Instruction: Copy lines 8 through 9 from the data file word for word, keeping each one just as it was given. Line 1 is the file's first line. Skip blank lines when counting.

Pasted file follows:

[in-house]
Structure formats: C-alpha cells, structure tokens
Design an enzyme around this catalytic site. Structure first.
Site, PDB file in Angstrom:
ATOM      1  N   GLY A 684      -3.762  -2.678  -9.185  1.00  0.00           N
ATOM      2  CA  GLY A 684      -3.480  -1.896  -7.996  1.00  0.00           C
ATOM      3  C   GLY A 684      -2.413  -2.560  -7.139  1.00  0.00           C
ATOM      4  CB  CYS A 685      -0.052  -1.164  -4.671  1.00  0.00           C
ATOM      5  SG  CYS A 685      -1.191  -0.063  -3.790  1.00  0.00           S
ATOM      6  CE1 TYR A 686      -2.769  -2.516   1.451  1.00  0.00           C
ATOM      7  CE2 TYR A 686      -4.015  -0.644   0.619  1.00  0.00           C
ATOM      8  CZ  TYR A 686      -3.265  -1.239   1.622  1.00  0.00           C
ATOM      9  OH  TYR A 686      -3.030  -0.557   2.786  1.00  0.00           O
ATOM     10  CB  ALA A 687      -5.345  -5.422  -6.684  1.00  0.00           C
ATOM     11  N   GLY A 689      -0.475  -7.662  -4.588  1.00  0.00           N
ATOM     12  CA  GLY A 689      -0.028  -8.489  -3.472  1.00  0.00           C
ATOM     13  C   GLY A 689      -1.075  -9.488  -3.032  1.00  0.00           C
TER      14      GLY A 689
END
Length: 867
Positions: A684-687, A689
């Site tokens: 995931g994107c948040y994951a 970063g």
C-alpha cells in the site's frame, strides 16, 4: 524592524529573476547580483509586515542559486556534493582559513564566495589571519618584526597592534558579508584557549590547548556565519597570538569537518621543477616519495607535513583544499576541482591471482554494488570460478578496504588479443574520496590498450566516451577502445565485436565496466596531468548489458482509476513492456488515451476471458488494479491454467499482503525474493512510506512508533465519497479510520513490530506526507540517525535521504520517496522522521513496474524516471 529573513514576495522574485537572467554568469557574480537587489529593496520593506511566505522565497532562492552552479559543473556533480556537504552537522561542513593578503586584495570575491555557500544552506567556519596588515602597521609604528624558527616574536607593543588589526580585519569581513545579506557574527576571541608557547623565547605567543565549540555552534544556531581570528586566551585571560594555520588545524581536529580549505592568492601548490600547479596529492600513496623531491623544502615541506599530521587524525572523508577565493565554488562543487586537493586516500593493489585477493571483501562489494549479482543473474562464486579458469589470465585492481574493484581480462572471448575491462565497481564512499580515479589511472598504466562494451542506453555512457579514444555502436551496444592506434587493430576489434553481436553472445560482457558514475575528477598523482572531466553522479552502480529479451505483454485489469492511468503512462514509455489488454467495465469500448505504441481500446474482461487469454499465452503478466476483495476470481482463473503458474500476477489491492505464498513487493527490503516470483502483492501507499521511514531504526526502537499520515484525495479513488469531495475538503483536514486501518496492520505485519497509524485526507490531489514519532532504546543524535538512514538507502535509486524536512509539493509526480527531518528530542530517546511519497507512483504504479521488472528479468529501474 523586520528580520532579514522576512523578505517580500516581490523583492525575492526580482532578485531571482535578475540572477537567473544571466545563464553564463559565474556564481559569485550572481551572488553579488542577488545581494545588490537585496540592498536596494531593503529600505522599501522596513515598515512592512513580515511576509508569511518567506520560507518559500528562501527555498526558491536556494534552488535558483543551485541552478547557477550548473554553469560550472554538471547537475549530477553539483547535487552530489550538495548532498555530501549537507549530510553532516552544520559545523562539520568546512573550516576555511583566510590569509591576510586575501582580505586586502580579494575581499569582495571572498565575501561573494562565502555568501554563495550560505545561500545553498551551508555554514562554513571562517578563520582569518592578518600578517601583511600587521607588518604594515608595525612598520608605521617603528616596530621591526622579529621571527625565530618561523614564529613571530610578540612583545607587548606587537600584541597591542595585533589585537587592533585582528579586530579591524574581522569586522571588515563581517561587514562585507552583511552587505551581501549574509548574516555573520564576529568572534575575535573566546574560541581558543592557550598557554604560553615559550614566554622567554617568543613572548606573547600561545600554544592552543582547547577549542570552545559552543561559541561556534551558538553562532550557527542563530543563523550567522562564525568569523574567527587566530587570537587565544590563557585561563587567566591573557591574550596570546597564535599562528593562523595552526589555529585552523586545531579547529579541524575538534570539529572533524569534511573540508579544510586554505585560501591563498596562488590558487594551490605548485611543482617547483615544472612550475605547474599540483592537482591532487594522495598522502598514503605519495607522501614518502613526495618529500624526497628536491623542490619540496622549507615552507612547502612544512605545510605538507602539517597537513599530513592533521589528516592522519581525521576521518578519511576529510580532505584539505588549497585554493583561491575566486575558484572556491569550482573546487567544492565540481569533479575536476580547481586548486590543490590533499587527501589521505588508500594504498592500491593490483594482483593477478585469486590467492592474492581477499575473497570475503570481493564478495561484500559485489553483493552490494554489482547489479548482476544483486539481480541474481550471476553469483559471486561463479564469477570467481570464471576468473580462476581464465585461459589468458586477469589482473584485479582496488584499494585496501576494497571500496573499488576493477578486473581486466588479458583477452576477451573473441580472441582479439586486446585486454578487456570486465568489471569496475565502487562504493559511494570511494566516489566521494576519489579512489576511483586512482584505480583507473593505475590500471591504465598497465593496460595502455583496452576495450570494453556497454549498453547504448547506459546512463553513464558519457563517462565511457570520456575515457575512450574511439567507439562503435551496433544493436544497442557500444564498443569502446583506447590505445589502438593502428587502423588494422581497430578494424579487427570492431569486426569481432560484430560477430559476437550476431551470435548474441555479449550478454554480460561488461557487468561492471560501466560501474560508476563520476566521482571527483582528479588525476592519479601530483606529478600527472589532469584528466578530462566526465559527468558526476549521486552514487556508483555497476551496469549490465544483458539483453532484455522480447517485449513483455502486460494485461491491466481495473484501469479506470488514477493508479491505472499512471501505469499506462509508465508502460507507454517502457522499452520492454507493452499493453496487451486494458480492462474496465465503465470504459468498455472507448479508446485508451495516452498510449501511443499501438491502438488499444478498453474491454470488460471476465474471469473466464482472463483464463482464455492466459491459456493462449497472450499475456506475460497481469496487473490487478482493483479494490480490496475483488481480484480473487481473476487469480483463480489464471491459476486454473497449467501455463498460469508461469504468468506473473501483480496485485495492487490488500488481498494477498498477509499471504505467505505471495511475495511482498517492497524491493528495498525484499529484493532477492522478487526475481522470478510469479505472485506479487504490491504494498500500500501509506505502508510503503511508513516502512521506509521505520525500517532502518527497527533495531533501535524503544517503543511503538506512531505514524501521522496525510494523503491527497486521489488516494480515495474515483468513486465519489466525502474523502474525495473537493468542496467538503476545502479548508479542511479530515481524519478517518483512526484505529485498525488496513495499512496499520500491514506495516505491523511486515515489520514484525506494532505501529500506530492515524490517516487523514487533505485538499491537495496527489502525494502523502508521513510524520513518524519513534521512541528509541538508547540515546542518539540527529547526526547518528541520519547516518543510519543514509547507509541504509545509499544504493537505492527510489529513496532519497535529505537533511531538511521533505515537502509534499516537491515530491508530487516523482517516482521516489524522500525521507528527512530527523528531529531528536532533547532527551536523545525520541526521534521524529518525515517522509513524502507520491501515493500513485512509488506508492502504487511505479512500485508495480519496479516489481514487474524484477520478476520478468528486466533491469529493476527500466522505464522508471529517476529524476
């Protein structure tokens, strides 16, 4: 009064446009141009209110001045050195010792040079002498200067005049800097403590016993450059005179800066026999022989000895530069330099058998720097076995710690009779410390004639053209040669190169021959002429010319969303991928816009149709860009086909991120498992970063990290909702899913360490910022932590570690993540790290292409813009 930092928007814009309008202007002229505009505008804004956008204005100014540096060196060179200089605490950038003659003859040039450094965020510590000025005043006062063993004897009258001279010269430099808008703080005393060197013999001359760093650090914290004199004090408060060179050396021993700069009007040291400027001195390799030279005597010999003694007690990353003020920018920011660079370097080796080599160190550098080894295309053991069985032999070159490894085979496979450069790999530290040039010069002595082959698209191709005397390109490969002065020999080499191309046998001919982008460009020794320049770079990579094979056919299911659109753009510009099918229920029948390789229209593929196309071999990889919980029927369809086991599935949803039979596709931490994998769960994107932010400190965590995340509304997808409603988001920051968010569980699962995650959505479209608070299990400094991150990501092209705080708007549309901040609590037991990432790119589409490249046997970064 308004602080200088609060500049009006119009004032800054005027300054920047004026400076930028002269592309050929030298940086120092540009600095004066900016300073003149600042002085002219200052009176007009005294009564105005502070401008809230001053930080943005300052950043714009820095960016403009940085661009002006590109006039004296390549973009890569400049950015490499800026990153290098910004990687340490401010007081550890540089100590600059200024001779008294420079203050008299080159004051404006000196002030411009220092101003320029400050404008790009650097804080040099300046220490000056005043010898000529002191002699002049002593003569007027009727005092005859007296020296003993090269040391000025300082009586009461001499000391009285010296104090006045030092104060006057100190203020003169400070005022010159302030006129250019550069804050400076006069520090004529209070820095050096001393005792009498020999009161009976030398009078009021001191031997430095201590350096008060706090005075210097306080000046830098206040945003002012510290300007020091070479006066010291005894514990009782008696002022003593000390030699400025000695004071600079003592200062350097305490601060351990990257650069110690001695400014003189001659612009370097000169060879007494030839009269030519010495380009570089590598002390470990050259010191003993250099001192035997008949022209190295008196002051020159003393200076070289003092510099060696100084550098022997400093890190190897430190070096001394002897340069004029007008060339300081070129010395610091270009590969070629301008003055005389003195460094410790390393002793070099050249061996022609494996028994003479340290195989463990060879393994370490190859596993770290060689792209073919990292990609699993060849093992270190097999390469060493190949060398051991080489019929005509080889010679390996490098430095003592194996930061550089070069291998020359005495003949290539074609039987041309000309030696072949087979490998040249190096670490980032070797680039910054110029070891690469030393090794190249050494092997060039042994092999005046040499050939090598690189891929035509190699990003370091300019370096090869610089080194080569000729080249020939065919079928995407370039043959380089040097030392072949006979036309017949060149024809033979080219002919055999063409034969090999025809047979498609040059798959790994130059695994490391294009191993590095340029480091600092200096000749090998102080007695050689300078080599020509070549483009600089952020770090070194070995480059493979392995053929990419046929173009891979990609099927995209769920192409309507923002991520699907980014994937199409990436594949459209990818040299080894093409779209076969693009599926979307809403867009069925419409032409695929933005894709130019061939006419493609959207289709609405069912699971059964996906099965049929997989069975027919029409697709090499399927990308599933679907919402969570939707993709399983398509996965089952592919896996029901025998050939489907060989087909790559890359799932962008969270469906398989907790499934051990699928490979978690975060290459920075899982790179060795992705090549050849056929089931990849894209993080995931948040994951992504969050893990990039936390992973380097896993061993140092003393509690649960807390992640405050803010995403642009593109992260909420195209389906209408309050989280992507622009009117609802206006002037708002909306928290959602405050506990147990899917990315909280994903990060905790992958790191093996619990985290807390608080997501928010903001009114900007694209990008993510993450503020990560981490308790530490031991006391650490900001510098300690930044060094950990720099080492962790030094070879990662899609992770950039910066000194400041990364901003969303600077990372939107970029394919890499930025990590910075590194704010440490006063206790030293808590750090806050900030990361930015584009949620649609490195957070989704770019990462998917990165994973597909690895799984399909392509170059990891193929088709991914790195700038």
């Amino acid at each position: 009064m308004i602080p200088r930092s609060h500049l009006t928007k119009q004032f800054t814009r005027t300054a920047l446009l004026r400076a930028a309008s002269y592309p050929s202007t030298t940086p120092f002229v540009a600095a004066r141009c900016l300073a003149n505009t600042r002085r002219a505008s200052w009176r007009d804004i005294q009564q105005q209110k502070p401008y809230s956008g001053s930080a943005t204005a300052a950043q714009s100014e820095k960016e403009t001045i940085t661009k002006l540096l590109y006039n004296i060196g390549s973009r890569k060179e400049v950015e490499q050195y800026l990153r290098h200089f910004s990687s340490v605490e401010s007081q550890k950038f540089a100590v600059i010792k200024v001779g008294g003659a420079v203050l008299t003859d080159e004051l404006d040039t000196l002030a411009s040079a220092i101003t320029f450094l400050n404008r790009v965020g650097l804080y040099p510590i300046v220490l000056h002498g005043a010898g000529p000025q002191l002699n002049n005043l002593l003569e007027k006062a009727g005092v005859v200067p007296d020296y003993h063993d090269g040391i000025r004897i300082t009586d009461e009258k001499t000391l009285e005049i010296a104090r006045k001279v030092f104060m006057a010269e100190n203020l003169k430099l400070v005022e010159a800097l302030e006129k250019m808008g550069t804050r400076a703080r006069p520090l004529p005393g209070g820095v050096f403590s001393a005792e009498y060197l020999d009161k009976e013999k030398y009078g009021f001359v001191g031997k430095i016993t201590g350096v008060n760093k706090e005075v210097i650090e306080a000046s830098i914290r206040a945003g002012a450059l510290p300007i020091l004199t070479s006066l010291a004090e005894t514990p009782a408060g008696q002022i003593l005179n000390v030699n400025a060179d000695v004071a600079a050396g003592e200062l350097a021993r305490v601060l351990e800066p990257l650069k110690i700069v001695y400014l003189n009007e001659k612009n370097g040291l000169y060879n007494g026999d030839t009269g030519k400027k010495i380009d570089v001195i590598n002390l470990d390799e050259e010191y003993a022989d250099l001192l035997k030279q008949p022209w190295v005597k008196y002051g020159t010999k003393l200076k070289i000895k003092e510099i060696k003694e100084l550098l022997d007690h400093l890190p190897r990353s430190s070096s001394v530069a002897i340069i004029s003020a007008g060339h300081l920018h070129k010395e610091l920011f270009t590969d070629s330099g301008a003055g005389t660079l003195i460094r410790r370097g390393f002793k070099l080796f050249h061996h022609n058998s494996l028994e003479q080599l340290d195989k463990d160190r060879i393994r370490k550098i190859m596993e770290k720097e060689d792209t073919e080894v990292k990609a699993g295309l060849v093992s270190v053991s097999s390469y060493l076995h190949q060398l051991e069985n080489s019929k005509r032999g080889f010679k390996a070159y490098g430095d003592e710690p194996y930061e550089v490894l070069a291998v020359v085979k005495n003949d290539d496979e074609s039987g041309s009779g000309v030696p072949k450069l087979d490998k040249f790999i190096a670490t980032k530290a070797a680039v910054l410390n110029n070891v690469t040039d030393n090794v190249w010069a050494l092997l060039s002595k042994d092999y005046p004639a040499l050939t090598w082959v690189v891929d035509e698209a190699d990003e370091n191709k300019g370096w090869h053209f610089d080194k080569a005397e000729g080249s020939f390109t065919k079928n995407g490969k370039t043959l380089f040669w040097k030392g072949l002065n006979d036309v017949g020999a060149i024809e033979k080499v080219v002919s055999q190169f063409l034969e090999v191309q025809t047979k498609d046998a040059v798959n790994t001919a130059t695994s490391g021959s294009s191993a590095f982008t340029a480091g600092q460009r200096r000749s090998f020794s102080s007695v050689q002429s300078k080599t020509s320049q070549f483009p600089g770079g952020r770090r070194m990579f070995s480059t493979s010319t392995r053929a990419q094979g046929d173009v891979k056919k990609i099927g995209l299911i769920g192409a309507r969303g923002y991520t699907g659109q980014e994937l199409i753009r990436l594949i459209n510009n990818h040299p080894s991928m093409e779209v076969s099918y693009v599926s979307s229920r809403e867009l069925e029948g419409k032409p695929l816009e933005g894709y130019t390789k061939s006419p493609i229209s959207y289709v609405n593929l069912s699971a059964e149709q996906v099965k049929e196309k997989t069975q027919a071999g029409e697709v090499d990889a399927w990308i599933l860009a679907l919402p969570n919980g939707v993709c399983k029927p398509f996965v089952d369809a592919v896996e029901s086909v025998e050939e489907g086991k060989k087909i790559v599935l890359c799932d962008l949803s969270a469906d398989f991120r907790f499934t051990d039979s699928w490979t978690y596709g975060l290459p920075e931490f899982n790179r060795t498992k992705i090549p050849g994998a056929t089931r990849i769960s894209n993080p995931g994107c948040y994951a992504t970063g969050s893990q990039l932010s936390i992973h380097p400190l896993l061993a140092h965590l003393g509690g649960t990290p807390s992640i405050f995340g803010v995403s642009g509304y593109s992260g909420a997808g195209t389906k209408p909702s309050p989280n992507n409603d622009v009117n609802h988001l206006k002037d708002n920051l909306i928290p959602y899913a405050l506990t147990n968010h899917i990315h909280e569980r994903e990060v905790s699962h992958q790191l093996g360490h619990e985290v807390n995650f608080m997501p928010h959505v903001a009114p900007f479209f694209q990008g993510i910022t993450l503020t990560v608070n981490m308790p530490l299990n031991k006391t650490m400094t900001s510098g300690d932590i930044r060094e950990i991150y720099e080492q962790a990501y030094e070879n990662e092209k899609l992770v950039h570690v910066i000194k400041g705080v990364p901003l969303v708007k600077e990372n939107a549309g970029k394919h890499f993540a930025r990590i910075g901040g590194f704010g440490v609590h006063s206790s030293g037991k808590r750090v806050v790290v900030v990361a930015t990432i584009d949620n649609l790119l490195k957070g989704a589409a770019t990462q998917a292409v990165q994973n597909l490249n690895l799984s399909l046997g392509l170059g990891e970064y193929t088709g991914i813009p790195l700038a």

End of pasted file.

ATOM      4  CB  CYS A 685      -0.052  -1.164  -4.671  1.00  0.00           C
ATOM      5  SG  CYS A 685      -1.191  -0.063  -3.790  1.00  0.00           S